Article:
The Neighbors by Hannah Mary McKinnon
MIRA Books: 3/13/18
eBook review copy; 384 pages
The Neighbors by Hannah Mary McKinnon is an exploration of marital relationships and domestic drama.
Abby is responsible for the car crash in 1992 that killed her beloved
brother, something for which she can't forgive herself (and neither can
her mother). After the accident she rebuff the affection of Liam, her
boyfriend and true love, and broke up with him because she knew he would
soon hate her as much as she hated herself too. It is now twenty years
later and Abby is married to Nate. Nate pulled her to safety the night
of the accident, but was unable to save her brother before the car burst
into flames. It is their shared guilt that binds them together, as
well as their daughter Sarah. It is clear that Nate is much more
committed to their relationship than Abby.
Now a new couple has moved next door and much to Abby's shock it is
Liam, his wife Nancy, and their son Zac. When Liam doesn't admit to
knowing Abby, Abby follows suit. Their unrevealed past results in more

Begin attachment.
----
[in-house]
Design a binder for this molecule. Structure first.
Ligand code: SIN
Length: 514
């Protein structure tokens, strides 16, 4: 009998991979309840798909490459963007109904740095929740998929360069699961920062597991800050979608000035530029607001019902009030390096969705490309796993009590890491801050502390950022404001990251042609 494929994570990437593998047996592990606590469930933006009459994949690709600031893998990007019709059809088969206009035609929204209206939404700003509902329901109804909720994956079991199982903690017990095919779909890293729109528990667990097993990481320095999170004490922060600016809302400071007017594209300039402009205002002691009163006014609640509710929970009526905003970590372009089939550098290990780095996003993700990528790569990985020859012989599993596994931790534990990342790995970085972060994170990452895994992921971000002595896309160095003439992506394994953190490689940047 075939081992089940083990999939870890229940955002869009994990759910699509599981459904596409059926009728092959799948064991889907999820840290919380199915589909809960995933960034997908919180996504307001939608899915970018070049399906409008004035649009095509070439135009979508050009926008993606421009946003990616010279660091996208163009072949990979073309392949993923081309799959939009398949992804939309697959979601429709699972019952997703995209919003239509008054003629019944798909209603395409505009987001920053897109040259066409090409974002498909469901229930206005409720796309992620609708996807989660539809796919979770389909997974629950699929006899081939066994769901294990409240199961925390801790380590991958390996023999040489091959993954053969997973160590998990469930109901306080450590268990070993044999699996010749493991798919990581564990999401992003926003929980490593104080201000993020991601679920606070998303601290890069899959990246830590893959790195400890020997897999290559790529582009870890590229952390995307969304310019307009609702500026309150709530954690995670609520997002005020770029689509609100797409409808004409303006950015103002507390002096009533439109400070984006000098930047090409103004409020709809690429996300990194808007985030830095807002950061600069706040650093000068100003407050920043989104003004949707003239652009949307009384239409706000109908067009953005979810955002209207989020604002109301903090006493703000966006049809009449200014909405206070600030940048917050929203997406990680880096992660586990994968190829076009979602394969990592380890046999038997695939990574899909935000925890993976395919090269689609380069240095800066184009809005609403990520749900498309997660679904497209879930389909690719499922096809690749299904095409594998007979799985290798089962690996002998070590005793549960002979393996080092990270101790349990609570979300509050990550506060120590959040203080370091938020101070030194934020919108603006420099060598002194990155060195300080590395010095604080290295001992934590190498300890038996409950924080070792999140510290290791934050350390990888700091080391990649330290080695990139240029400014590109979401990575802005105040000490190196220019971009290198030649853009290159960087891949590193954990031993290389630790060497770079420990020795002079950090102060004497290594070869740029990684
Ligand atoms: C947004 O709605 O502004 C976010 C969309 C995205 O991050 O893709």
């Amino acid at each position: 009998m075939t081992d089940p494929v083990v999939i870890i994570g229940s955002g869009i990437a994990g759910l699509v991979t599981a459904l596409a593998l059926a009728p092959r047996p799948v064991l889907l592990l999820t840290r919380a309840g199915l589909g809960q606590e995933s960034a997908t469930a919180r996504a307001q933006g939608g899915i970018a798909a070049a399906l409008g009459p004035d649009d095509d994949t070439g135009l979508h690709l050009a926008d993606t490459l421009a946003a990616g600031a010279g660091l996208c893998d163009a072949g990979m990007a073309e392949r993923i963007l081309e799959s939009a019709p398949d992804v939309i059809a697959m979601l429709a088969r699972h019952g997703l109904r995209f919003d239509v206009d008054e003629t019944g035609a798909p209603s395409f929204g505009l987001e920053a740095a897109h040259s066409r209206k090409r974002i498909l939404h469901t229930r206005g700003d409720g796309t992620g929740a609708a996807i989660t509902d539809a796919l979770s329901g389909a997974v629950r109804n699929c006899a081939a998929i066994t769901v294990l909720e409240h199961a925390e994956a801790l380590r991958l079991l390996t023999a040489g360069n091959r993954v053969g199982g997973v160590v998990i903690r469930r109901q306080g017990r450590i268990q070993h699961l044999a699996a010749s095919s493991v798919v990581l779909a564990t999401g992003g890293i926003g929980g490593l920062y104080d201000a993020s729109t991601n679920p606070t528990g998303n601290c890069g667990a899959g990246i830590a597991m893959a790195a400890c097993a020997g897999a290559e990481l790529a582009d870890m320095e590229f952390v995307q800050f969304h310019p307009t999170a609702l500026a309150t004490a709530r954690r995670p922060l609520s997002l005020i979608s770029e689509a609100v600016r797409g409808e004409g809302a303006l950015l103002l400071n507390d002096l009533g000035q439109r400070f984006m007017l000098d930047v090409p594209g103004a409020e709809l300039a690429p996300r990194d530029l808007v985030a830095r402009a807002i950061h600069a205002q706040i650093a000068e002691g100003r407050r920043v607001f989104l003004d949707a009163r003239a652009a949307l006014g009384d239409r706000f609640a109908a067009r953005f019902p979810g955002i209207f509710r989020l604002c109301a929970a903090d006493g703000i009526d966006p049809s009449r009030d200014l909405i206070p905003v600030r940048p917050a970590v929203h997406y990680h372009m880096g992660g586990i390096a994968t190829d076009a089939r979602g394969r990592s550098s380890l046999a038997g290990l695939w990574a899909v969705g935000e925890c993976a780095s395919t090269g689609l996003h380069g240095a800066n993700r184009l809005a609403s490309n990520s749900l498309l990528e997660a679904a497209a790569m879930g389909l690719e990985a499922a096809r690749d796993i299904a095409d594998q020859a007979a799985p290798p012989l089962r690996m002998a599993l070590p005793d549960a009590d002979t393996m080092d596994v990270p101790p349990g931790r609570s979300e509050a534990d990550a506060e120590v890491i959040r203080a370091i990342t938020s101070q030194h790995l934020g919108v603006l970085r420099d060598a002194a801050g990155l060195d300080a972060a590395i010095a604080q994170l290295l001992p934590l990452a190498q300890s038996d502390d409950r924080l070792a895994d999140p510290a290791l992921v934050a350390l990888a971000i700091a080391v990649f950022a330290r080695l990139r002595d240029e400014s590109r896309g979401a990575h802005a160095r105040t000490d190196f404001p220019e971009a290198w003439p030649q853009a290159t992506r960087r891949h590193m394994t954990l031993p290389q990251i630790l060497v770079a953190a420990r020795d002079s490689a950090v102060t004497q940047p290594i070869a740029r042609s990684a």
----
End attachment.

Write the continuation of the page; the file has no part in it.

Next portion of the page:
complications. The attraction between the two is still evident, although
Abby pretends to dislike their new neighbors. She also is desperate to
keep Sarah and Zac apart. Adding to the complications is Nancy's
flirting and secret agenda regarding Nate.
Get ready for a melodrama of daytime serial magnitude in The Neighbors.
The narrative jumps back and forth in time and between the different
voices of the characters which serves to showcase the background of the
characters and their current thoughts. There is a plethora of
entanglements and scheming. Expect an abundance of secrets, hidden
history, and duplicitous plans going on behind the scenes. It all
becomes a rather entangled mess.
The writing is good and moves the plot forward, albeit rather slowly at
the beginning while the various complications and deceit between the
characters is being set up. And there is a whole lot to set up... While
many reviewers seemed to enjoy The Neighbors, I had two looming
problems with it: the sheer predictability
of the plot and the uninspired ending. I knew what the twists would
be almost immediately. I continued reading simply to see when they would
be revealed - and if I was correct (I was). It took a long time to get
there, though. The Neighbors is a good novel; however, it isn't quite to my preferred inclination in fiction.
My review copy was courtesy of MIRA Books.